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Electricity helps researchers net 'Zombie bass'

Date:
April 7, 2014
Source:
AP / Powered by NewsLook.com
Summary:
Biologists are studying fish in Tennessee Valley Authority lakes by using "electrofishing" to stun them. After they are temporarily incapacitated by a low level current, fish eerily rise to the surface where they are examined and tossed back. (April 7) Video provided by AP


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last updated on 2014-11-26 at 11:28 am EST

Ecuador: The Galapagos Island Under Threat From Climate Change

Ecuador: The Galapagos Island Under Threat From Climate Change

Deutsche Welle (Oct. 7, 2013) — Ecuador's Galapagos Islands are a Unesco World Heritage site and home to flora and fauna found nowhere else in the world. But one in five native plants as well as nearly 50 percent of its endemic wildlife are under threat from climate change. Rising ocean temperatures are making it harder for species such as the famous Galapagos penguin and the giant tortoise to survive. Scientists with the Charles Darwin Foundation are doing what they can to protect these species from the effects of climate change. A number of changes to the energy sector - such as the introduction of clean electricity - are helping. The island of Floreana has already switched completely to electricity produced by jatropha seeds, which grow in the Manabi region in mainland Ecuador. Jatropha production is also bringing an economic upswing to farmers.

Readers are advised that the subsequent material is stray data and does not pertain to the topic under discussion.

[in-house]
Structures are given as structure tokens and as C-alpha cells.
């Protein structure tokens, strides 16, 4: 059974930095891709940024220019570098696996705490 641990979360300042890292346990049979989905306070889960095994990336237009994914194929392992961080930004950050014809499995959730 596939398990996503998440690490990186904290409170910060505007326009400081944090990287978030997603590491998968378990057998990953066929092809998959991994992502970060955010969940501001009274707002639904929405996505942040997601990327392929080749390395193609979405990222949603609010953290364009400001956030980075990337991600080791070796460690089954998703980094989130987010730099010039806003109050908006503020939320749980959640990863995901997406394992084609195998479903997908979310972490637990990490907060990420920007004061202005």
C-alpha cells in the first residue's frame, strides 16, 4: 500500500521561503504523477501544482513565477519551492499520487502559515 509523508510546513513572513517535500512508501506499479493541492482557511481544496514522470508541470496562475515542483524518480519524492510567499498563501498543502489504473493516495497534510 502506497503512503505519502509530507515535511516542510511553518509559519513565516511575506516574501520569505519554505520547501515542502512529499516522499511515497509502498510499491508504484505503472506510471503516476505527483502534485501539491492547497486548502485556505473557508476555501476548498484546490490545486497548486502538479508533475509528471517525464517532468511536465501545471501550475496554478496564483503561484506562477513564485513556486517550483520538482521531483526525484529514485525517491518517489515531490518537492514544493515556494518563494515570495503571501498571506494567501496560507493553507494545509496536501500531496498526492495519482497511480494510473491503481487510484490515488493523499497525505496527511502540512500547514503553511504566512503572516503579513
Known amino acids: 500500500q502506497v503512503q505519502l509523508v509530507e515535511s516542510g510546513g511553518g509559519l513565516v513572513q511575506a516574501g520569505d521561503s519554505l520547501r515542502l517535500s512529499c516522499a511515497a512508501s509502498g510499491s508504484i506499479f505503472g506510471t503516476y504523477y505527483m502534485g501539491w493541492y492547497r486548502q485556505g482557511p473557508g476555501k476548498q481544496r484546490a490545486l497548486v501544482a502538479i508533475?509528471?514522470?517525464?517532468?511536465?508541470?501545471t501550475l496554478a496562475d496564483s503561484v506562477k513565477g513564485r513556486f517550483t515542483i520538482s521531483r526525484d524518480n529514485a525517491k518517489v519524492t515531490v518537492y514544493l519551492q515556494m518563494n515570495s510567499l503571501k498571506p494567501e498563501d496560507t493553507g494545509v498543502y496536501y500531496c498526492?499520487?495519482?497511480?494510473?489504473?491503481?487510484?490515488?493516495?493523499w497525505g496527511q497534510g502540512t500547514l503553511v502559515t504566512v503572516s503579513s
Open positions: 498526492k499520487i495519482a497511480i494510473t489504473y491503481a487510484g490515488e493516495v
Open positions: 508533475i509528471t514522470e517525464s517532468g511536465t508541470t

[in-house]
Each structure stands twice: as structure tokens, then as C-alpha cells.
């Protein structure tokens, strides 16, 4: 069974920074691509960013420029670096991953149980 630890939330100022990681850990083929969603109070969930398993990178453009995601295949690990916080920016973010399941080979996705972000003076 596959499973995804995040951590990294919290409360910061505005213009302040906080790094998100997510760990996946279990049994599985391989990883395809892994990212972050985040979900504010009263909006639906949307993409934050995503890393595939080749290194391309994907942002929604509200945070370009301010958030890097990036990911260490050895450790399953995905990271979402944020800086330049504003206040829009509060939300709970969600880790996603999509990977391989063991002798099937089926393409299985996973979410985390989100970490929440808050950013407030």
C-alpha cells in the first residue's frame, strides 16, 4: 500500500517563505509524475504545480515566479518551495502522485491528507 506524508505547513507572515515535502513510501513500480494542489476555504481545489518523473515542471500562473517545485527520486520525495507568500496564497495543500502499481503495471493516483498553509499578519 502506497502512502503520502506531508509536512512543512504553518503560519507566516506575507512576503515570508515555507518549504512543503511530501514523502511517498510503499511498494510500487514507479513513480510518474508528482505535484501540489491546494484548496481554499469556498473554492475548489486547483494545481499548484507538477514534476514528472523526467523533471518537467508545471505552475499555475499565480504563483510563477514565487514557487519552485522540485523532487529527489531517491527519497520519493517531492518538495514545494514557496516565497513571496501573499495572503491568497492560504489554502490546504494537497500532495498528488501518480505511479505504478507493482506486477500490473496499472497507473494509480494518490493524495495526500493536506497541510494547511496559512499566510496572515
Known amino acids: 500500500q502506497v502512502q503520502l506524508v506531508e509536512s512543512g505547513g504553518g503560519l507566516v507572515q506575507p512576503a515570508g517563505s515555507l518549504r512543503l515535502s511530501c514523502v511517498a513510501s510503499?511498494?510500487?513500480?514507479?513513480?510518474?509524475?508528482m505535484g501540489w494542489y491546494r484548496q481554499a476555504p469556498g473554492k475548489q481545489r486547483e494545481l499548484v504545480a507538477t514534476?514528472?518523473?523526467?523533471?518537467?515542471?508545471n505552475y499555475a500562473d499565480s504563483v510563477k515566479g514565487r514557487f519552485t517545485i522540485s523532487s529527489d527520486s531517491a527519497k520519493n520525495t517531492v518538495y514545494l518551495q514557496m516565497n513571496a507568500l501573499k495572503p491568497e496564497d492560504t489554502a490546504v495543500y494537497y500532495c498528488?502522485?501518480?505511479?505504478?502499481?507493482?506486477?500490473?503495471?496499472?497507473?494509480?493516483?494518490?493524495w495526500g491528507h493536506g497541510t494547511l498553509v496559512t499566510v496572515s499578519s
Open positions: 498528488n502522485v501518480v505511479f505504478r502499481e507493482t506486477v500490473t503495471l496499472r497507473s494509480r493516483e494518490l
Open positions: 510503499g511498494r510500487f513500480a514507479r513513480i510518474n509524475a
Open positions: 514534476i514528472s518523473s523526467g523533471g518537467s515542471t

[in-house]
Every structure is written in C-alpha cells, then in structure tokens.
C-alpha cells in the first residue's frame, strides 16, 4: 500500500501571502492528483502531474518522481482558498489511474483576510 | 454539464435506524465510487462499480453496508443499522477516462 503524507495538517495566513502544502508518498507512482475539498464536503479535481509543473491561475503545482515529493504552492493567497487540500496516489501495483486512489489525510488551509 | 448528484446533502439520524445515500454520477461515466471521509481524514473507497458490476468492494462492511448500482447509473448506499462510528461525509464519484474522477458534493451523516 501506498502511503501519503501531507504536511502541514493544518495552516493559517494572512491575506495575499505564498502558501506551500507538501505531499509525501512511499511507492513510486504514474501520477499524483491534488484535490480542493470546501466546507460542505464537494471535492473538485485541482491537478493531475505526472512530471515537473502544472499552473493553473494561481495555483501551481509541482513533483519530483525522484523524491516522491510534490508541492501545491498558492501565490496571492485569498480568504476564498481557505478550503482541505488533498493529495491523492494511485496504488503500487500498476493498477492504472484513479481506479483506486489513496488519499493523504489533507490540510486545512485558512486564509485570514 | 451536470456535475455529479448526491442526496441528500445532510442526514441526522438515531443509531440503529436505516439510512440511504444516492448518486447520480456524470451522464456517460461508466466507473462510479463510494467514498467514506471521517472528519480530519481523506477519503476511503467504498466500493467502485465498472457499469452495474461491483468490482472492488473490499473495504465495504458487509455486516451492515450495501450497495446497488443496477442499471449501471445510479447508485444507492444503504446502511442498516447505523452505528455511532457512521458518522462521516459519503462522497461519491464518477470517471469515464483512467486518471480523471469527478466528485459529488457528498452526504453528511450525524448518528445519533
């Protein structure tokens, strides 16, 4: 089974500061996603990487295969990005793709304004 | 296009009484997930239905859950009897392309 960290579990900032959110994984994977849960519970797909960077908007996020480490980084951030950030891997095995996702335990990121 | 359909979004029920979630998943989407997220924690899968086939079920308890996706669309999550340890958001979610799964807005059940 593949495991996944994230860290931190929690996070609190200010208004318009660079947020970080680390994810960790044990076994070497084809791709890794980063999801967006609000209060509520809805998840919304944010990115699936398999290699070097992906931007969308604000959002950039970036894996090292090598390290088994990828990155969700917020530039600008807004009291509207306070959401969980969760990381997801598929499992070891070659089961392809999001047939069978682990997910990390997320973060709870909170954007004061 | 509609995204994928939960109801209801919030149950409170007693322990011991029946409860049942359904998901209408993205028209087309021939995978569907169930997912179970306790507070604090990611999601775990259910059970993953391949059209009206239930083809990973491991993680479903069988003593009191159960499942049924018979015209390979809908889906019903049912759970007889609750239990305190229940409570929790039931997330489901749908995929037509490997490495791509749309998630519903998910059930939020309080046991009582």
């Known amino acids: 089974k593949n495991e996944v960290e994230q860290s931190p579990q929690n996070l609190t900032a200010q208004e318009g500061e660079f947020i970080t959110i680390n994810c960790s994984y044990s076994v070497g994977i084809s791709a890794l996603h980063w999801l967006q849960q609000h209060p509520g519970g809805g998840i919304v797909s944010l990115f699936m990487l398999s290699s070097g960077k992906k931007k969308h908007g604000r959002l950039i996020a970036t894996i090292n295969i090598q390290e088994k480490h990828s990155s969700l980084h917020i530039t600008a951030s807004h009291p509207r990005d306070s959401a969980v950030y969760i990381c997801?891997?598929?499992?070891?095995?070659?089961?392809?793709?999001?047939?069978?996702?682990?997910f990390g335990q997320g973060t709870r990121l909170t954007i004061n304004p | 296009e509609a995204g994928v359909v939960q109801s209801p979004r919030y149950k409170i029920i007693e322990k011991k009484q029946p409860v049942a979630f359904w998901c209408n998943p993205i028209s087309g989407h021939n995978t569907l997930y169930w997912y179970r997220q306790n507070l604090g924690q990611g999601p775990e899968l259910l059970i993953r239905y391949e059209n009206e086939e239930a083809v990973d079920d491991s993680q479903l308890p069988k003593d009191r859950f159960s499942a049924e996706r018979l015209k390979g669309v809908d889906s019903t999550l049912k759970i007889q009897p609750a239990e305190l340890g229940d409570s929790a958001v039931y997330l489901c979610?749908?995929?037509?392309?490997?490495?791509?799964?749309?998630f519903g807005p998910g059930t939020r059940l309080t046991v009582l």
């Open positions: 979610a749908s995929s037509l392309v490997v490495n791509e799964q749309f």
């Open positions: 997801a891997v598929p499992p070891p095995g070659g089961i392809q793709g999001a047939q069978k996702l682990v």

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Farming Revolution in South Africa

Farming Revolution in South Africa

Deutsche Welle (Feb. 20, 2012) — A new project in South Africa is taking organic waste that would otherwise be left to simply decay in garbage dumps and processing it in a special facility belonging to the South African company Reliance. There, it is converted it into microbiological compost. The project prevents some 100,000 tons of methane gas being emitted into the atmosphere each year. In addition, the compost helps to improve the quality of the soil, makes plants more robust and helps farmers cut down on the use of pesticides. It's also helping South Africa tackle one of its biggest problems: the massive use of chemical fertilizers in the country has made the ground infertile, caused soil erosion and led to contaminated water.
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"Zombees" Present New Threat to Hive Activity

"Zombees" Present New Threat to Hive Activity

AP (May 5, 2014) — Bees are being targeted by a "Zombie Fly" that infests the body of a healthy bee and kills by eating the bee's body from the inside out. A new deadly threat to the honey bee. (May 5) Video provided by AP
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Bees Use 'The Force' to Find Flowers

Bees Use 'The Force' to Find Flowers

Newsy (Feb. 23, 2013) — A recent study published by University of Bristol researchers shows that bumblebees use electricity in tandem with flowers in foraging for pollen.
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